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Anatomy of a Social Authority API Call

Every request to the Social Authority API follows the same basic format:

http://api.followerwonk.com/social-authority?{screen_name};{user_id};{AccessID};{Timestamp};{Signature}

Here's what each of these parts of this request do:

  • http://api.followerwonk.com Access the API by calling the hostname of the service api.followerwonk.com and the Resource you’re making the request to /social-authority.

  • {screen_name} & {user_id} These are query parameters for which accounts you want to look up Social Authority scores for. You can provide either a Twitter screen name, screen_name=peterbray or a Twitter user id, user_id=24496399 or both. You can provide multiple of either by separating the IDs with commas, screen_name=peterbray,randfish,aplusk.

  • {AccessID}, {Timestamp} & {Signature} These are query parameters that provide your credentials. For example:

    AccessID=member-MDczMjM1NGUtN2Y3Ny01OGI0LThkOGUtYzhlYWVlYjcxMTZk;Timestamp=1225138898;Signature=LmXYcPqc%2BkapNKzHzYz2BI4SXfC%3D

Signed Authentication

To use signed authentication, append the following three query string parameters:

The AccessID parameter identifies the client in question. The value of this parameter must be your access ID, obtained when you generate yourAPI credentials. The Timestamp parameter is a Unix timestamp that indicates for how long this request is valid. This should be a time in the future, usually no more than several minutes later than the moment your client code initiates the transfer. Values that expire excessively far in the future will not be honored by the Mozscape API. Authentication timestamps must be in UTC in order to work properly. The Signature parameter is an HMAC-SHA1 hash of your Access ID (as it appears in the AccessID parameter), followed by a new line, followed by the Timestamp parameter, using your Secret Key. This hash must be base64 and URL-encoded before being placed in the request query string. Once combined, a valid query string should look like the following:

AccessID=member-MDczMjM1NGUtN2Y3Ny01OGI0LThkOGUtYzhlYWVlYjcxMTZk;Timestamp=1225138899;Signature=LmXYcPqc%2BkapNKzHzYz2BI4SXfC%3D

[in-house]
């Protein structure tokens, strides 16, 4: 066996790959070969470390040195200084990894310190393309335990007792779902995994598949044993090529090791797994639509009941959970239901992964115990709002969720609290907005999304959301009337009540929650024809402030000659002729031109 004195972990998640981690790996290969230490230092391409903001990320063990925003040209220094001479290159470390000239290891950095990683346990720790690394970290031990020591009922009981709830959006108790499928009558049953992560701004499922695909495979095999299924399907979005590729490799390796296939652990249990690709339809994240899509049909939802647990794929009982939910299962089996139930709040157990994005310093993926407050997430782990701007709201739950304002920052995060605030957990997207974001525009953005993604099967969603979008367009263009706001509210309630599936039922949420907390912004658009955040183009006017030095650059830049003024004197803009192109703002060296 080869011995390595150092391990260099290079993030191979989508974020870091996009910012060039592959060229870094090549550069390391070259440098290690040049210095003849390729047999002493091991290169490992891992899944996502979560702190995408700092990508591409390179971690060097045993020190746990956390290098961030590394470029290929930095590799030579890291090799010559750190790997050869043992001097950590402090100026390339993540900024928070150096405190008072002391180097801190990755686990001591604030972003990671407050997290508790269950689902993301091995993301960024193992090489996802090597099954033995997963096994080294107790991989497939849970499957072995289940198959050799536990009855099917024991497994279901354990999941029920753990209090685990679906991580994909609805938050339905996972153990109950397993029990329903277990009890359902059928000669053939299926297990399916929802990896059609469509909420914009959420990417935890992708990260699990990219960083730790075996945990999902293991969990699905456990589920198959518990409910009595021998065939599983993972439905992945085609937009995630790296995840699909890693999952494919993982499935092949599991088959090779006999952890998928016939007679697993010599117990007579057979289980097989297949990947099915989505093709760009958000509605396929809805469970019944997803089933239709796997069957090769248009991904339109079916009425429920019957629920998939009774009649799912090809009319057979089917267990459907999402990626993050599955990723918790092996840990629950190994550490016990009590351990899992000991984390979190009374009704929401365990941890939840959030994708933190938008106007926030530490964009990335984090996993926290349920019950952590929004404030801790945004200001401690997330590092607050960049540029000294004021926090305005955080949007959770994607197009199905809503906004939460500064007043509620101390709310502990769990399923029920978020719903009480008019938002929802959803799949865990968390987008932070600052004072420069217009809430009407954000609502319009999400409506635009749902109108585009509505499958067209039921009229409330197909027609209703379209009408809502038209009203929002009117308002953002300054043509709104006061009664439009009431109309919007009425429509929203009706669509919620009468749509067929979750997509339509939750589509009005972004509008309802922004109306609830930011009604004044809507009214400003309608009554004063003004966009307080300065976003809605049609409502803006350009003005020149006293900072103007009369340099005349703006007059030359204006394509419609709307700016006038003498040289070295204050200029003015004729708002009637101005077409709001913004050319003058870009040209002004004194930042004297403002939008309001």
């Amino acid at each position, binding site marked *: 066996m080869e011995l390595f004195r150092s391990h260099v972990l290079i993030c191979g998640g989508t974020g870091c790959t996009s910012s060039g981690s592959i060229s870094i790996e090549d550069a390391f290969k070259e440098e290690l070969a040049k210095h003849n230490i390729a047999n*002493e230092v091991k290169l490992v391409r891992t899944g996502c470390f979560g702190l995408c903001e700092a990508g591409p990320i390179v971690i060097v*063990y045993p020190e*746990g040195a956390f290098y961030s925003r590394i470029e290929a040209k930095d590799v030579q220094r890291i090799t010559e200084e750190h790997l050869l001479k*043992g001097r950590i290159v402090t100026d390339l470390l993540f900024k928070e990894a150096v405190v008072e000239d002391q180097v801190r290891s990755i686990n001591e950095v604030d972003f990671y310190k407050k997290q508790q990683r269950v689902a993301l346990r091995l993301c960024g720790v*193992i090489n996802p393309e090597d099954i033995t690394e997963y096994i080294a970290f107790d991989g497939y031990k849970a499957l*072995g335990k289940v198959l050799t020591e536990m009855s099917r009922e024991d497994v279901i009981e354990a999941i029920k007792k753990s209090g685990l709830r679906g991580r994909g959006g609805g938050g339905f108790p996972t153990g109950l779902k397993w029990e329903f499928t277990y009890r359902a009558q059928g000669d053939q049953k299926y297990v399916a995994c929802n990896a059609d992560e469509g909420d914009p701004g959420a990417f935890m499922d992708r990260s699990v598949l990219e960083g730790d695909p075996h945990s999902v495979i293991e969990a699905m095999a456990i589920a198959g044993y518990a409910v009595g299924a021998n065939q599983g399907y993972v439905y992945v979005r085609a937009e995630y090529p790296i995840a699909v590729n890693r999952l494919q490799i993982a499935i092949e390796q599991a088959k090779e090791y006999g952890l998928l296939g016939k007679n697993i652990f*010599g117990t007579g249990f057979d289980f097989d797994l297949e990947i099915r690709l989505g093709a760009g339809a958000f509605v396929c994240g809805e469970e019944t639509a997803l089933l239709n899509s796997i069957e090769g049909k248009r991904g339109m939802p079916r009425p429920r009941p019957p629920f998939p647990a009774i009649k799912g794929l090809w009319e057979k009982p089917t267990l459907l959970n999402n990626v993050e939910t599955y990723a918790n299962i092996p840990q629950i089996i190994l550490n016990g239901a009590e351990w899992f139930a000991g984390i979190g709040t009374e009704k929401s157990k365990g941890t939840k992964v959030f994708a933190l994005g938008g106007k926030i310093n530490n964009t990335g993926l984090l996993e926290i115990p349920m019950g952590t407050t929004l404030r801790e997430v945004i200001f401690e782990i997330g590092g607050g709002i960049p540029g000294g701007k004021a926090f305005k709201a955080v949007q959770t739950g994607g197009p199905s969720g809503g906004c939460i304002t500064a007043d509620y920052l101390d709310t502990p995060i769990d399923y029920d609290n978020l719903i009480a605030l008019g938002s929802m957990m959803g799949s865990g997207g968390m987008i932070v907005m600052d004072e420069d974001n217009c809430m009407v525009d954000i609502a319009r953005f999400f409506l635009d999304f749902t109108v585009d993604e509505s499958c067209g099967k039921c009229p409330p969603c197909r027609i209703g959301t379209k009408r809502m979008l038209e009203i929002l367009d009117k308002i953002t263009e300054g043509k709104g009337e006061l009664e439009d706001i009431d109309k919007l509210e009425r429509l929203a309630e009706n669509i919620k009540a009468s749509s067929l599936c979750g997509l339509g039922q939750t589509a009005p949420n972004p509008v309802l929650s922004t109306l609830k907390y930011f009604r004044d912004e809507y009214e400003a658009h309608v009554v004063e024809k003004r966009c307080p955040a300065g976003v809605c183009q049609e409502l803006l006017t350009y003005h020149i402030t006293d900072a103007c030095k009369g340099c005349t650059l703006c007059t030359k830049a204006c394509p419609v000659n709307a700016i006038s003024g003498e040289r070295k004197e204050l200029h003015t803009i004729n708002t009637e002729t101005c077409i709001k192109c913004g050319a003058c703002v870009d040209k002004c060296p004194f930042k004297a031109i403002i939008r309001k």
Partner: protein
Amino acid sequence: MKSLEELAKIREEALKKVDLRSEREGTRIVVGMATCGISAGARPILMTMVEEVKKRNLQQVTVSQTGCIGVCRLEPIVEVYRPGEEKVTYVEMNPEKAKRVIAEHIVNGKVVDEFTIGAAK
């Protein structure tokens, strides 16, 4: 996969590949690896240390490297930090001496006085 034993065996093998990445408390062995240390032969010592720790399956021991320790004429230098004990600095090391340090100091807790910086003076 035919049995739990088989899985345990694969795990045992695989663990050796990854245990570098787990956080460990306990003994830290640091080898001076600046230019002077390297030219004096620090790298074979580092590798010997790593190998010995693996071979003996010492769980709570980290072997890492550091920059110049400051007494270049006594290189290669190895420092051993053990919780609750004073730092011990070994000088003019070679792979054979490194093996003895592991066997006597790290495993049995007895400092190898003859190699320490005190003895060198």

For example, the example request above should compute the HMAC-SHA1 of the following two lines (including a single linefeed character between the AccessID and the timestamp, and ignoring any whitespace below):

member-MDczMjM1NGUtN2Y3Ny01OGI0LThkOGUtYzhlYWVlYjcxMTZk <newline> 1225138899

Once the HMAC-SHA1 of this string is created, the binary form must be base64 encoded. The result of the base64 encoding must be URL-encoded. This method of authentication is complicated, but you can find helpful examples in several languages in our Sample Code.

? and ;

These little characters are important, so don’t miss them. The ? separates the main URL from the query parameters, and the ; goes between multiple parameters. You’ll see the ; used in the example for authentication, which is just 3 parameters required by the service. All of these elements together give you a valid request:

http://api.followerwonk.com/social-authority?screen_name=randfish;AccessID=member-MDczMjM1NGUtN2Y3Ny01OGI0LThkOGUtYzhlYWVlYjcxMTZk;Timestamp=1225138898;Signature=LmXYcPqc%2BkapNKzHzYz2BI4SXfC%3D

Creating Valid Requests in Code

While you can enter a valid request in your browser for quick queries, if you’re doing a lot of work with the service, you’ll want to create a program that generates the requests for you. To get started, see our sample code and applications.